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Everything Nicolas Cage does off-screen seems to fit right in with his on-screen persona. The legendary Oscar winner has blessed genre films with his surrealist takes on everything from witchhunting to face-trading to Kick-Assing. And now it seems that one of his more Indiana Jones-esque roles, that of National Treasure's Ben Gates, bled somewhat into his personal life.
Cage, an actor as deeply interested in mythology as in philosophy, went hunting for the Holy Grail. We're talking full-blown Indiana Jones and the Last Crusade, just without the ancient knight or Sean Connery. And he ended up finding his own personal grail — but of course Cage was going to take something away from the experience.
Speaking to The New York Times, Cage explained that the search — his "grail quest" — began back when "all I was doing was meditating three times a day and reading books on philosophy, not drinking whatsoever." Buried in books, he started to mirror his on-screen life. "I started following mythology," Cage said, "and I was finding properties that aligned with that. It was almost like National Treasure."
Not to worry, this isn't a metaphorical pursuit. He really trotted the globe for this. "One thing would lead to another," said the actor. "It’s like when you build a library. You read a book, and in it there’s a reference to another book, and then you buy that book, and then you attach the references. For me it was all about where was the grail? Was it here? Was it there? Is it at Glastonbury?" Not one for hypotheticals, Cage went to the English town where King Arthur is rumored to rest and where Joseph of Arimathea is said to have brought the Holy Grail.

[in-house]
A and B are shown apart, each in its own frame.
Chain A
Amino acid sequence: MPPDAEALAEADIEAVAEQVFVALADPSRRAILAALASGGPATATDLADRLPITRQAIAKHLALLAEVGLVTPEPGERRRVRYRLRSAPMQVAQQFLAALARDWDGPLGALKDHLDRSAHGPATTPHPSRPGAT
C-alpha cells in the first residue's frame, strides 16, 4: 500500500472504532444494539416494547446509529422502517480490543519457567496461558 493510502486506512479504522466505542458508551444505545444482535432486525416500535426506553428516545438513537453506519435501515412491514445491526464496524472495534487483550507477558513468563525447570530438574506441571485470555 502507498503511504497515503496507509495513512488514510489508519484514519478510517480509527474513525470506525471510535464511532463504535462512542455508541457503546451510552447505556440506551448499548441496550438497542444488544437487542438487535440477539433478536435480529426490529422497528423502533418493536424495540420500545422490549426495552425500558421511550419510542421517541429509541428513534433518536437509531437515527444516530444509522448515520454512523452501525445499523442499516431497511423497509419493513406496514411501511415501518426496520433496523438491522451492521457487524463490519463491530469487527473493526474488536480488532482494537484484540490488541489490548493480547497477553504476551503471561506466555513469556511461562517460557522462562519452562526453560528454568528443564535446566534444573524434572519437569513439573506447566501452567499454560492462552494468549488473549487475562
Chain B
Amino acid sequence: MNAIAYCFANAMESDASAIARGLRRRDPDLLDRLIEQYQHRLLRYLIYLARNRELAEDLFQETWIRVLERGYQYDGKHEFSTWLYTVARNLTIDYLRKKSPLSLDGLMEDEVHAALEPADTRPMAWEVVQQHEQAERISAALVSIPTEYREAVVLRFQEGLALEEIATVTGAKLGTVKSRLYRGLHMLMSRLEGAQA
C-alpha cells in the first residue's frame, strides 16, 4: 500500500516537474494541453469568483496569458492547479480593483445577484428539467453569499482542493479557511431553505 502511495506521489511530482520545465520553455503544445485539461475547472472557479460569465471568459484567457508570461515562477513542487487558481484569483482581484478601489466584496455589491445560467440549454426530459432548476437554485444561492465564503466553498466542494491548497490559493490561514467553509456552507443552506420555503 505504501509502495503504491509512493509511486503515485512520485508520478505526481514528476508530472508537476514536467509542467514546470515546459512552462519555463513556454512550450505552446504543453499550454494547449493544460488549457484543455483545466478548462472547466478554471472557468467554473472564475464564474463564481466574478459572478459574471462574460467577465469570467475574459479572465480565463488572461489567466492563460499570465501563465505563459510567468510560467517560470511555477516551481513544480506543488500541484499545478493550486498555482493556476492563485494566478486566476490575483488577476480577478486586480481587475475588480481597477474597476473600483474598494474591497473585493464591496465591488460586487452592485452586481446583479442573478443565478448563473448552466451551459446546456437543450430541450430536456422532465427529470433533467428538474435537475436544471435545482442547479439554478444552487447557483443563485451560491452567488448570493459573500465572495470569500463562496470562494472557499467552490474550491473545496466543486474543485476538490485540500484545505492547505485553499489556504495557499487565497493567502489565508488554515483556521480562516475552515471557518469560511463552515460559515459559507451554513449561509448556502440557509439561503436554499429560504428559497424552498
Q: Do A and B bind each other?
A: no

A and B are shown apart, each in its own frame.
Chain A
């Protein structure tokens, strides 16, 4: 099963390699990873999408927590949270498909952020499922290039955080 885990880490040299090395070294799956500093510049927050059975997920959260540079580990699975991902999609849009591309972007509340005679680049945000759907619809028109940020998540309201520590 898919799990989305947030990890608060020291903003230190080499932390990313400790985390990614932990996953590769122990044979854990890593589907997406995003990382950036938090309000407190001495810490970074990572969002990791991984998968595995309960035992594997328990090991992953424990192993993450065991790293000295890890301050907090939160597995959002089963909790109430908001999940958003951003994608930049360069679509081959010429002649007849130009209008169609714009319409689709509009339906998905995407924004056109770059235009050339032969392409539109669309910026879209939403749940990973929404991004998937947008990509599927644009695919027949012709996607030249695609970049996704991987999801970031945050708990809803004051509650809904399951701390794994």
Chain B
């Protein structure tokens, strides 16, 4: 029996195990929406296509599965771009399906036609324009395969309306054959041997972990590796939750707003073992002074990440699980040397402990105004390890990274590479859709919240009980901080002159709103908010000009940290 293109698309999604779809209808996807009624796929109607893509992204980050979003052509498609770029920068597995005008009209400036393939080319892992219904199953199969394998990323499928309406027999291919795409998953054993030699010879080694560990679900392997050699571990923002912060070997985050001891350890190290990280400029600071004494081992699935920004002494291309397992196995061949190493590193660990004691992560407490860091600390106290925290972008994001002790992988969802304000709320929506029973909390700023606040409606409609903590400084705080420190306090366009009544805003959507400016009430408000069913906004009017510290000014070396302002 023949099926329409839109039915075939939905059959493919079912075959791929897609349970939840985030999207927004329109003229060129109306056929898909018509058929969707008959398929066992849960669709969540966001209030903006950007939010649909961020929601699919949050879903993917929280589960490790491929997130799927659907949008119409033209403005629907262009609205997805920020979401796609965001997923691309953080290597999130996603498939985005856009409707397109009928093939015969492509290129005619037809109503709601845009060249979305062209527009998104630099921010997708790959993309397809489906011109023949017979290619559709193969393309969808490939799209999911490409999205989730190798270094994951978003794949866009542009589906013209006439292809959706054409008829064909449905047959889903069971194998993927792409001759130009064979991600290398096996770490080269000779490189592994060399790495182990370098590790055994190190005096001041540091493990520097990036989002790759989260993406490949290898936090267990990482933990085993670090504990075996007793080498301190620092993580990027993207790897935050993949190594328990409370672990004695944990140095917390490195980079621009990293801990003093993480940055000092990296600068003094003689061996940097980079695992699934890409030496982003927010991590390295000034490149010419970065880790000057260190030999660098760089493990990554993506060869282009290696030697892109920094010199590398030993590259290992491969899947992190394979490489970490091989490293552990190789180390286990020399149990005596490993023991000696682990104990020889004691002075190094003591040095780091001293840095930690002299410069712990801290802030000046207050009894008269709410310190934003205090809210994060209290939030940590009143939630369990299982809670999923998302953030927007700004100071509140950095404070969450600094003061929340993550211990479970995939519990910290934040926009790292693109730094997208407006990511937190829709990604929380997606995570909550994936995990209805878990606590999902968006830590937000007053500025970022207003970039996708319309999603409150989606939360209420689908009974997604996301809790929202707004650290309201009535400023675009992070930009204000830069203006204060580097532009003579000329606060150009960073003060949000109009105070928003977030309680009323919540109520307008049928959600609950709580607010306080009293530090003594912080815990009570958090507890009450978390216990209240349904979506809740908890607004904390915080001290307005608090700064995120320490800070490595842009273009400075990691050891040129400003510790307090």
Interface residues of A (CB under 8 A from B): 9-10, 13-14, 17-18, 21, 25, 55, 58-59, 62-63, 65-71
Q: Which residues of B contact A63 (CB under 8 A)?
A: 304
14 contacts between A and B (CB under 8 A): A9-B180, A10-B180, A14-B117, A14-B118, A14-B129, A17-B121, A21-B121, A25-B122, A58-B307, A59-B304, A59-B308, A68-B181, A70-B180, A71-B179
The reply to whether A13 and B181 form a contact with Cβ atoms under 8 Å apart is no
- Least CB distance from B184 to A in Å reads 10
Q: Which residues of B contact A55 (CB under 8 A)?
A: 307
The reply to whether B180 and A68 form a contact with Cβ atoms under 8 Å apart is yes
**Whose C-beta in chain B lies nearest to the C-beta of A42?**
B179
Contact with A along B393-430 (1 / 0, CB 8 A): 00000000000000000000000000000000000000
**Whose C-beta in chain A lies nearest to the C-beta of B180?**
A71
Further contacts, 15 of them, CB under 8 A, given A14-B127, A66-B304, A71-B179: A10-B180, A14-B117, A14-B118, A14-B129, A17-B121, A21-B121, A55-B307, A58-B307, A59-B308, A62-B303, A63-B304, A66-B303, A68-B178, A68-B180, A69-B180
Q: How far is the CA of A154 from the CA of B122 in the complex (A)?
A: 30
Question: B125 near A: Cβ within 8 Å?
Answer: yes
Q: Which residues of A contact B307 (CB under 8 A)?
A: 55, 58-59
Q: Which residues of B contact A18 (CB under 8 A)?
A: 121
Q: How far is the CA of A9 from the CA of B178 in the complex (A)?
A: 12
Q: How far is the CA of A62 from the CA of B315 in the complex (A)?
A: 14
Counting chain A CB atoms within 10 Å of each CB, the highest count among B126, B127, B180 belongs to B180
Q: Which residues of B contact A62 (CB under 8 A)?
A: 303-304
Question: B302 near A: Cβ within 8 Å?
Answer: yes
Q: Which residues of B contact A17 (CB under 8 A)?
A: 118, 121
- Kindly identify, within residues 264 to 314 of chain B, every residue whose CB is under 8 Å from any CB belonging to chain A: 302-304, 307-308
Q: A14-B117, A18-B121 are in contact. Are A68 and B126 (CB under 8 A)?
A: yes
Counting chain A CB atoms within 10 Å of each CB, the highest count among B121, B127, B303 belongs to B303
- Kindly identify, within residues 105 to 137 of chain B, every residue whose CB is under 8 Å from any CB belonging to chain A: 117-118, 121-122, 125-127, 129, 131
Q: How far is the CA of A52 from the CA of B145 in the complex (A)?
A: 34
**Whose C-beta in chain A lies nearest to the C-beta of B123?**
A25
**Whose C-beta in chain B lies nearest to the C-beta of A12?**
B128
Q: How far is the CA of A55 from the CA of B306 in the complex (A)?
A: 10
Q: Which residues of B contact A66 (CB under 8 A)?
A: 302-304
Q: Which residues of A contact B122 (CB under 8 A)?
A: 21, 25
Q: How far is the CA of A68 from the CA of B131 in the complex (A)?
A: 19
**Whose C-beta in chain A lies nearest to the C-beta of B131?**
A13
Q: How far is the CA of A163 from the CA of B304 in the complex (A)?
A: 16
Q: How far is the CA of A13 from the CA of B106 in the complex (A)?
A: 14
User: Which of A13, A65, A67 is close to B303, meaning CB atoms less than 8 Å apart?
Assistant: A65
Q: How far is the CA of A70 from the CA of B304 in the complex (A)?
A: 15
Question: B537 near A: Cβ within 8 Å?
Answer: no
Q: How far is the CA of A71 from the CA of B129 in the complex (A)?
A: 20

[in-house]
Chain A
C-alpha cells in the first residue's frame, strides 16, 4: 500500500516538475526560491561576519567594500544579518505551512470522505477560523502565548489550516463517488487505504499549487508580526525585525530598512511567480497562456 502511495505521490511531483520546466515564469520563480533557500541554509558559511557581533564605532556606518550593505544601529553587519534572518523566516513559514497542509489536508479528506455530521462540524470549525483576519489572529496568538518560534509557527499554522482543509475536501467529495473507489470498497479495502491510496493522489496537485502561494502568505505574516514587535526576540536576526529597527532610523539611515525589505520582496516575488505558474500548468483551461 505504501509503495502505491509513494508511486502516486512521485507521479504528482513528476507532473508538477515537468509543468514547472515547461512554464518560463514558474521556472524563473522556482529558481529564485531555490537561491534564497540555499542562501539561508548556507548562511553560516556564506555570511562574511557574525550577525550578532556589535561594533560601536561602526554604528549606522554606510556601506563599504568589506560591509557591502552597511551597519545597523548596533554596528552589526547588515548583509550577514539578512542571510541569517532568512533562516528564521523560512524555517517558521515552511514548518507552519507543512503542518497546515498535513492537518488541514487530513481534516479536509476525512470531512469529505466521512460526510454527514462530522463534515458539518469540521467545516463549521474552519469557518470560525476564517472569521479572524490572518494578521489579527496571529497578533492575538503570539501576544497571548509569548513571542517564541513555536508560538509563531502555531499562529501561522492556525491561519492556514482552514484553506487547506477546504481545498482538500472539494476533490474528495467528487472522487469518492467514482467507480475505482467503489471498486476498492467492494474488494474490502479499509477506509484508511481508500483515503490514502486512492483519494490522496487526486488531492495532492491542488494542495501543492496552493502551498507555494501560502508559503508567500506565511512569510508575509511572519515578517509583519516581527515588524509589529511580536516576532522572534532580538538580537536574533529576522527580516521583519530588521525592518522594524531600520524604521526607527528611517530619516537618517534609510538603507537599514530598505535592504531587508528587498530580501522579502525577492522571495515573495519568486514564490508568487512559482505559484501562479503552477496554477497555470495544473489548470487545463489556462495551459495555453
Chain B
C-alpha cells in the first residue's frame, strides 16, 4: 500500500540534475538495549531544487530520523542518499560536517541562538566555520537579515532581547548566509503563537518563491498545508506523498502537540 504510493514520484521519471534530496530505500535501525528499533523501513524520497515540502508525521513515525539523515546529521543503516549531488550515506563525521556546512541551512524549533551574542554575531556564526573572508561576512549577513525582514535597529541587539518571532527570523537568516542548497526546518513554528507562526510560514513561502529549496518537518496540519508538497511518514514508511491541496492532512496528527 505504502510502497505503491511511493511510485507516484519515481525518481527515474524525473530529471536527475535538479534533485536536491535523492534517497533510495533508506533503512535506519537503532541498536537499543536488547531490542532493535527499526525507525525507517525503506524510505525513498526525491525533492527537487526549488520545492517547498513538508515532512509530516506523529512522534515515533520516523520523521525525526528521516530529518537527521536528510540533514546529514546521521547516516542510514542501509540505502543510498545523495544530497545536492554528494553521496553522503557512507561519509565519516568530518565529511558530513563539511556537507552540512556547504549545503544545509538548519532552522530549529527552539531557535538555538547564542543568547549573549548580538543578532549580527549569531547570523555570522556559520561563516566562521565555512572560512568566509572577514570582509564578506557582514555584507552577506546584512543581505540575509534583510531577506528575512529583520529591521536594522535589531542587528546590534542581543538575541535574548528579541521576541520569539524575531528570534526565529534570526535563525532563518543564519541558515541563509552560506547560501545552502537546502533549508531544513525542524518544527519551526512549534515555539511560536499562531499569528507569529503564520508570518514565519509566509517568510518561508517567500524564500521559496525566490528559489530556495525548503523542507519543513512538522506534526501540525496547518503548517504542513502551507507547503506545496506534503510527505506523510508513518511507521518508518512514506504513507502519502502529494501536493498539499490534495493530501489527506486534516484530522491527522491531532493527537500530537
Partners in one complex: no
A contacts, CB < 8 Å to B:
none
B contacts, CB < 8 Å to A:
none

"Yeah, if you go to Glastonbury and go to the Chalice Well," Cage said, "there’s a spring that does taste like blood. I guess it’s really because there’s a lot of iron in the water. But legend had it that in that place was a grail chalice, or two cruets rather, one of blood and one of sweat. But that led to there being talk that people had come to Rhode Island, and they were looking for something as well." Another clue, another destination. Of course Cage followed.
"I don’t know if I’m going to say that’s why I bought the Rhode Island property," he demurred, "But I will say that is why I went to Rhode Island, and I happened to find the place beautiful. But yes, this had put me on a search around different areas, mostly in England, but also some places in the States." And he's happy with the result, even if it wasn't a heavenly cup. "What I ultimately found is: What is the Grail but Earth itself?" asked a satisfied Cage.
The actor also opened up — in an equally eccentric way — about some of his inspirations for his superhero turn as Ghost Rider. "Say you’re playing a demon biker with an ancient spirit," Cage said of his time with the character. "What power objects could you find that might trick your imagination? Would you find an antique from an ancient pyramid? Maybe a little sarcophagus that’s a greenish color and looks like King Tut? Would you sew that into your jacket and know that it’s right next to you when the director says 'action'? Could you open yourself to that power?" Again, Cage is not one for hypotheticals.
Another influence for the role were his pet snakes: "The cobras" definitely played a part in his performance, Cage explained. "They would try to hypnotize you by going side to side, and when I did Ghost Rider: Spirit of Vengeance, that’s something my character does before he attacks. Animals are fun places to get inspiration. Actually, I thought Heath Ledger was doing some reptilian stuff as the Joker, with the tongue darting out all the time."
With his Grail (if not THE Grail) found and his superhero bike tucked safely away in the garage, it's high time for Cage to return to the world of genre, especially after his award-worthy turn in the psychotropic revenge horror Mandy. Nobody tell him there are clues to the Grail locked in catacombs underneath the city before that, OK?